Friday, July 18, 2008
Osceola - Part One
This is a view of a casting prepared from the actual face of the Seminole war leader Osceola at the time of his death in 1838. It is located in the display area of the visitor center at Paynes Prairie Preserve State Park near Gainesville, Florida.
It is a haunting view of the man that emerged as one of the most noted Native American figures of the 19th century.
Osceola was born in the Creek Nation of present-day Alabama in around 1804. Different claims have been made as to his actual place of birth. Some sources hold that he was born among the Lower Creeks on the Chattahoochee River, while others state that his birth took place among the Upper Creeks on the Tallapoosa River.
It should be noted that he would not have been called by his later name at this time. What his childhood name was is not known, although he was often called Billy Powell by the whites.
There also has been debate as to whether his father was a white trader or a Native American warrior. The use of the Powell name by whites to refer to Osceola prompted speculation that he descended from a trader of that name operating in the Creek Nation at the time of his birth.
Because his mother by 1818 was known to have been part of the band of Peter McQueen, a refugee chief from Tallassee on the Tallapoosa River, it appears likely that Osceola was born among the Upper Creeks.
As to the heritage of his father, Osceola himself stated during his lifetime that his father was Creek, not white. Testing of an alleged sample of his hair revealed that the great Seminole may have had mixed ancestry, but this does not necessarily mean he descended from a white father. His mother was a member of the McQueen family. The McQueens, including the chief Peter McQueen, were descended from the Scottish trader James McQueen that had lived among the Creeks for many decades and had married a Creek woman.
By 1813, Peter McQueen and many of his followers from Tallassee had joined the Red Stick movement of the Creek Prophet, Josiah Francis (Hillis Hadjo). When the Red Sticks concentrated at the Holy Ground town on the Alabama River between the modern towns of Montgomery and Selma, it is likely that Osceola and his mother were among them. This was believed to be a place of security where women and children would be protected while the Prophet's warriors engaged American armies in the Creek War of 1813-1814.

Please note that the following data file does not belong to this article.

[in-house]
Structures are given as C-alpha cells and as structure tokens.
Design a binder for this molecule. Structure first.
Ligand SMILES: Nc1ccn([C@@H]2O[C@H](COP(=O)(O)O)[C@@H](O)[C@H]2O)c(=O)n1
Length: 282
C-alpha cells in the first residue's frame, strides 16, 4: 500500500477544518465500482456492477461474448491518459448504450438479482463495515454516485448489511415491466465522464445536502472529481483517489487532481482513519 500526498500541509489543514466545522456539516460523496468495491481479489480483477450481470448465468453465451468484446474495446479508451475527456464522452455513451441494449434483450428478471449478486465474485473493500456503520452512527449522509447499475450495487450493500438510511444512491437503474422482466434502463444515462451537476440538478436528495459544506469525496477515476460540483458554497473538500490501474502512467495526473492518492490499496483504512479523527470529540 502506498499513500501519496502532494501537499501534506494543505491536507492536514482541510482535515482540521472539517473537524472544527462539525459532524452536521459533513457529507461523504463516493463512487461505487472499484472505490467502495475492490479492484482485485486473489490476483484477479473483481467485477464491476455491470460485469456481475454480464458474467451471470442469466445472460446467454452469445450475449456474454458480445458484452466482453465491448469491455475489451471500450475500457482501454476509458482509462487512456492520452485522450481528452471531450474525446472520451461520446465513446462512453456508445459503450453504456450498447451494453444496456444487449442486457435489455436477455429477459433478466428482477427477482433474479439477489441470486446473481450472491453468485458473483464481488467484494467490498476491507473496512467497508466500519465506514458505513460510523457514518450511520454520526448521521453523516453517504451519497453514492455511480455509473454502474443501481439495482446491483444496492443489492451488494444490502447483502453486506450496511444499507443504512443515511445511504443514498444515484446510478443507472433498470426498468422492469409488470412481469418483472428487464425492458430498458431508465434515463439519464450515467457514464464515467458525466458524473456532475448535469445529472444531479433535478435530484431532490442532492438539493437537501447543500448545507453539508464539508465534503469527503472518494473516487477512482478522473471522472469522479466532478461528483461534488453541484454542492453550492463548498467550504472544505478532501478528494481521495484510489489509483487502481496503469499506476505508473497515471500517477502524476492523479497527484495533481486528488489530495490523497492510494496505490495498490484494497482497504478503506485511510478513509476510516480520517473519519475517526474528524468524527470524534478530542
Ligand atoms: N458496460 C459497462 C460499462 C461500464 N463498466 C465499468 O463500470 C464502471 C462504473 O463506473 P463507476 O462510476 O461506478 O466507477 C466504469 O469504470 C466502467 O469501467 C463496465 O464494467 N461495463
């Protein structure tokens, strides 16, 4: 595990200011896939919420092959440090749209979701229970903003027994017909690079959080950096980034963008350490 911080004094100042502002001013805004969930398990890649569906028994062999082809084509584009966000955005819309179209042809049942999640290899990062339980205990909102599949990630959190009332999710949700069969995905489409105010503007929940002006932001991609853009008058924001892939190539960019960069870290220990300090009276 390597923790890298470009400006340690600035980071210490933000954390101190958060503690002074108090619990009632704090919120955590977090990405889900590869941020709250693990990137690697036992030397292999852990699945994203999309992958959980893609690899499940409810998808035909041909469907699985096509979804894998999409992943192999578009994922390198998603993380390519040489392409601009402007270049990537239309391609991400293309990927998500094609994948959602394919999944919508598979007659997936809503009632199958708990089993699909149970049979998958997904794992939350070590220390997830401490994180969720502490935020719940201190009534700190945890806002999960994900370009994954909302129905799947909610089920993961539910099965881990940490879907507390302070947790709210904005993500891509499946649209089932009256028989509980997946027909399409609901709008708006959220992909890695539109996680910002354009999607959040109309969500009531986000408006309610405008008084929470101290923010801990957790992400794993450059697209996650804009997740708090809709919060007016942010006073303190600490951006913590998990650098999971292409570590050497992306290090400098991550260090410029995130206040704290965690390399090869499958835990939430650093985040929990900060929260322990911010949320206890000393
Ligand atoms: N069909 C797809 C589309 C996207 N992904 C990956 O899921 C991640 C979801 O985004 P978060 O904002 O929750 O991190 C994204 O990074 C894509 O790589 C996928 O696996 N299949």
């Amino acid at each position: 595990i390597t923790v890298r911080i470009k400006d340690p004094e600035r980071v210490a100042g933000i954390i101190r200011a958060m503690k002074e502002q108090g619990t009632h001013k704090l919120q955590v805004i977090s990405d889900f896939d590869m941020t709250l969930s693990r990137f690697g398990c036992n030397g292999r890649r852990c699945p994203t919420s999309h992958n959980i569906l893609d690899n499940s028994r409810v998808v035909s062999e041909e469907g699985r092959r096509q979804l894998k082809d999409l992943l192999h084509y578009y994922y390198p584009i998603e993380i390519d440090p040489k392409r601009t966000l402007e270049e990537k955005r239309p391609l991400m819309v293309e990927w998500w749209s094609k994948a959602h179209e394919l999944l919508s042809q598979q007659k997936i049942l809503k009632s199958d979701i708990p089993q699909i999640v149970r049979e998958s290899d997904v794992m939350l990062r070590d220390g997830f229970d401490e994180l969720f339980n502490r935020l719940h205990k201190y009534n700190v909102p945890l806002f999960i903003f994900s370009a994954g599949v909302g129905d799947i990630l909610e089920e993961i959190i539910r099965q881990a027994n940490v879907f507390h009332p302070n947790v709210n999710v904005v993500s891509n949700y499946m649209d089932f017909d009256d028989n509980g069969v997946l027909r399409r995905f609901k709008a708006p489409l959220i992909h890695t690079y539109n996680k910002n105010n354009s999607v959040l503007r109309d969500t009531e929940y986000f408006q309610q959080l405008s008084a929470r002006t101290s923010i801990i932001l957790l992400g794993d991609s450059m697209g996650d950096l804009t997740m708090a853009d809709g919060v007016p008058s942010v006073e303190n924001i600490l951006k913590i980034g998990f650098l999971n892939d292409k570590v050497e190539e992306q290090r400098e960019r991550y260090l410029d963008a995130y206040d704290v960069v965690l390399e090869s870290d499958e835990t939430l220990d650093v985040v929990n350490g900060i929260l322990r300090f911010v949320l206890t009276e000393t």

Holy Ground was attacked and destroyed by Mississippi Territorial Militia late in 1813, although most of the Red Stick warriors and noncombatants escaped across the Alabama River.
By the summer of 1814, Peter McQueen and his followers had fled south into Spanish Florida in search of food and arms. They were supplied there by British forces then engaged in fighting the United States in the War of 1812. McQueen was reported in several locations in 1814-1815, including Pensacola and then a British fort on the Apalachicola River. By the end of 1815, he and his followers had settled among the Seminoles then living in the area around present-day Tallahassee.
Assuming that Osceola and his mother stayed with the rest of Peter McQueen's followers through this time period, then their movements can be traced by following McQueen's. This means they would have followed him south to Pensacola and eventually into the Tallahassee area. It is known they were there by the time of the First Seminole War in 1817-1818.
Our series on the life of the Seminole leader Osceola will continue.